The Difference Between Medicare and Medicaid
Most people who work in healthcare may recognize the acronym LASA, which stands for “look-alike-sound-alike” and is usually seen when referencing medications. When it comes to federal programs, Medicaid and Medicare, in written form, look alike and they do sound alike but work very differently.
Both Medicare and Medicaid were started in 1965 under Lyndon B. Johnson’s administration in response to the inability of older and low-income people to purchase private insurance. Medicaid is an assistance program, funded federally and at the state level, that provides coverage for health care to low-income individuals regardless of age. It is governed federally with each state administering its own plan, which can vary from one state to the next. Medicare is a federal insurance program that provides health coverage for people aged 65 and over or to those under age 65 with a severe disability such as end-stage renal disease or Lou Gehrig’s disease, also known as ALS-amyotrophic lateral sclerosis. Dependents are not typically covered.
Medicaid eligibility is needs-based, meaning both income and assets are counted when determining eligibility. Both Medicare and Medicaid will cover a broad range of health care services, including hospital stays and physician office visits, yet Medicaid will cover nursing home care, in-home care services, long term care, and transportation to receive medical care which Medicare will not pay for. It is possible to qualify for dual coverage, which means both Medicare and Medicaid will work together to provide health care coverage and lower costs.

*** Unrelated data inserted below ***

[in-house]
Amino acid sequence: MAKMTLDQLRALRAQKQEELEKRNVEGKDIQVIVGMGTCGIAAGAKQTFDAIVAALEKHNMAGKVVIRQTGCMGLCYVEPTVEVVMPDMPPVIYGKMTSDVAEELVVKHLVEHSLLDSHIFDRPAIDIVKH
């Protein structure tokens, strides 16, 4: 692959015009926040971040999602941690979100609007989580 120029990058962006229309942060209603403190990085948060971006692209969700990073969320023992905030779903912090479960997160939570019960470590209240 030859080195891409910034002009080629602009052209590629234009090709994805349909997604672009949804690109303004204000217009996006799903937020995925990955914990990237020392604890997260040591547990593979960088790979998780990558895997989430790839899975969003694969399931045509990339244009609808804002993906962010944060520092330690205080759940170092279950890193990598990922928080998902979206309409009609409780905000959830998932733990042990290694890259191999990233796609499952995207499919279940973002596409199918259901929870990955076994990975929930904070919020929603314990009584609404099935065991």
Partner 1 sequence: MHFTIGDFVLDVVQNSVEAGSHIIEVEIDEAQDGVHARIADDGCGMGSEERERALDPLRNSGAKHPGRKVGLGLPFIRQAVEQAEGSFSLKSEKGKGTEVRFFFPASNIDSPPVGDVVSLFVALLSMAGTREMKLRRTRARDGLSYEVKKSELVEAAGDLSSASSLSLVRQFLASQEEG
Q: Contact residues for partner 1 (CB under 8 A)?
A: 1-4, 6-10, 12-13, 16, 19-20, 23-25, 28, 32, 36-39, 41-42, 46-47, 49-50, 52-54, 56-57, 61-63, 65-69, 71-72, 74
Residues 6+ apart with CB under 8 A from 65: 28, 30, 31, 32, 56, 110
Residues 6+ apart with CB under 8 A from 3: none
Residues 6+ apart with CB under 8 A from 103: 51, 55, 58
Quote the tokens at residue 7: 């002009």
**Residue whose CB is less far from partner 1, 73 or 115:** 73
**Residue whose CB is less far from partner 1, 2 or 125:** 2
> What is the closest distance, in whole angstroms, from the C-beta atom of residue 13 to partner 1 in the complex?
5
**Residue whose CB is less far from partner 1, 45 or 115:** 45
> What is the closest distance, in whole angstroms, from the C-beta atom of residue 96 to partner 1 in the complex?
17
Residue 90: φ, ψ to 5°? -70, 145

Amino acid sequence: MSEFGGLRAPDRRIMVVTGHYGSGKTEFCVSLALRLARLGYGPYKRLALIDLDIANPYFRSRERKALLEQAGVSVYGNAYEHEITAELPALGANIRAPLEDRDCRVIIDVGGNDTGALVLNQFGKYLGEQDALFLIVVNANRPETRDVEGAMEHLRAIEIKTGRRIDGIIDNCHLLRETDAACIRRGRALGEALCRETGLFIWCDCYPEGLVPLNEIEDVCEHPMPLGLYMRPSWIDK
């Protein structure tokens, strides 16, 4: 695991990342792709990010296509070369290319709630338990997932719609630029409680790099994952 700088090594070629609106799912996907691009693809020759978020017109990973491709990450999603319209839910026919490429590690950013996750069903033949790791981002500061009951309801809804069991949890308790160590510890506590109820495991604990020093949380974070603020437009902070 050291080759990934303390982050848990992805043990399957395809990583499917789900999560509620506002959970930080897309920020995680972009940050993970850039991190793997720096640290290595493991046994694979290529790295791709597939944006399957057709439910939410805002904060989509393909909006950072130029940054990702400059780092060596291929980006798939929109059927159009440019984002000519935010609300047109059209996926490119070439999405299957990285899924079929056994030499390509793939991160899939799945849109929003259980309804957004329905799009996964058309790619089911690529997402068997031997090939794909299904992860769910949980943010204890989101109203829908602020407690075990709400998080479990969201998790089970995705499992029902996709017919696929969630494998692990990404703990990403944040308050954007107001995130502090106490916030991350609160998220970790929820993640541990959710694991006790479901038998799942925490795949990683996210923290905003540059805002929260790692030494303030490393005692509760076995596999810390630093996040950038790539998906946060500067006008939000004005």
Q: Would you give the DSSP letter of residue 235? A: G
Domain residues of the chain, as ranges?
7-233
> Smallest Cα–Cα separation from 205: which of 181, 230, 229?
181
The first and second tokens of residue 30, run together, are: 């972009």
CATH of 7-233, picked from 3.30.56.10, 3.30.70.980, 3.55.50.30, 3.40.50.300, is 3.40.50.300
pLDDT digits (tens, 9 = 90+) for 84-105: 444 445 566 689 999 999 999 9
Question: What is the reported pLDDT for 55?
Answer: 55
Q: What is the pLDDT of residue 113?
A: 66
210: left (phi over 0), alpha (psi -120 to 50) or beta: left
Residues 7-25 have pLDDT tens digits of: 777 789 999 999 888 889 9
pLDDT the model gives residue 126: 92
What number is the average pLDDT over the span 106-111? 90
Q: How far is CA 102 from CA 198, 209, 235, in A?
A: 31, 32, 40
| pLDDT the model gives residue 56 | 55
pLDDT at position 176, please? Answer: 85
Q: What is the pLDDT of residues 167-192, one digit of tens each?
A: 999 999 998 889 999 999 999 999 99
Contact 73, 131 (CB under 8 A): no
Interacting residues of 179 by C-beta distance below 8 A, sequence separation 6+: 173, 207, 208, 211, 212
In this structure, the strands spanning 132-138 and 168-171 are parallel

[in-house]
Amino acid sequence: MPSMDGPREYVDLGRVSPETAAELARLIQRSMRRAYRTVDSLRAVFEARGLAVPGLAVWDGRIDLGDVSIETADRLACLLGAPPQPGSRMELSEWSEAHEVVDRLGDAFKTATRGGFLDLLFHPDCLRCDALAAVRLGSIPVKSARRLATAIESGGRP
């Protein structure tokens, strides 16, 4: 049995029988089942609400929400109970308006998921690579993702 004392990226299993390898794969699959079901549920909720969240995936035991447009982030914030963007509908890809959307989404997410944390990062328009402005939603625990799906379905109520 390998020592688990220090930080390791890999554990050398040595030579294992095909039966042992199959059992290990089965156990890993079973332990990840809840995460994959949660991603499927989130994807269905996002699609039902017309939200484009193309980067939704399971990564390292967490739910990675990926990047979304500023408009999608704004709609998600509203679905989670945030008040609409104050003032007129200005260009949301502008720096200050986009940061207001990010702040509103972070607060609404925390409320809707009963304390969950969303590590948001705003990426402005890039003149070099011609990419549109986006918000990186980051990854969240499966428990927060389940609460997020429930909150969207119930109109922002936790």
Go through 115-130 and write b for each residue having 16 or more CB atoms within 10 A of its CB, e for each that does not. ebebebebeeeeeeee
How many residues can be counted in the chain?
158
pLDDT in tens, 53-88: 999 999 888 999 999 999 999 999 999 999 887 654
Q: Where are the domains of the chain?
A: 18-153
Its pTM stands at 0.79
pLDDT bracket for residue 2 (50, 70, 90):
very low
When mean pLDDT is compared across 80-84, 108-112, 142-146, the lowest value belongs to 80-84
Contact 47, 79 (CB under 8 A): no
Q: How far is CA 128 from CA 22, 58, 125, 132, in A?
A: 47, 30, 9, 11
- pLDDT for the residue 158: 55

Regarding cost, Medicaid in most instances is free of cost though a small copay may be required depending on the plan. Medicaid can also recover against assets in a recipient’s estate after the death of the recipient. This could mean a lien is placed and executed on a recipient’s home, depending on whether a surviving spouse or blind or disabled child is residing in the home. Medicare is not free in that premiums and co-payments may be required for some parts of Medicare, and may be larger for those with a higher income, but eligibility is not income-based.
With Medicare, one has to work for about 10 years (40 qualifying quarters), at which point no premiums are required for Part A, which covers hospitalizations. Premiums may be necessary if you sign up for a Medicare Advantage plan, which is different from Original Medicare where you are permitted to purchase supplemental coverage for out of pocket costs. Because Medicare is not administered by each state, a Medicare recipient will usually have the same coverage and pay the same copays and deductibles regardless of the state of residence. Co-pays and deductibles are required for Medicare’s Part B (outpatient services) and Part D (medication) plans. Also, a financial penalty can be assessed if one does not sign up for Medicare Part B when you first become eligible, and there may be a delay in getting coverage.
Though basic differences are covered here, there is much more information to know regarding both plans, so research is encouraged before you hit the age of eligibility for Medicare to determine which Medicare plan may be right for you. Medicaid plans and coverage differ from state to state, and sometimes county to county. We would be happy to answer any questions you have about your potential eligibility for either program.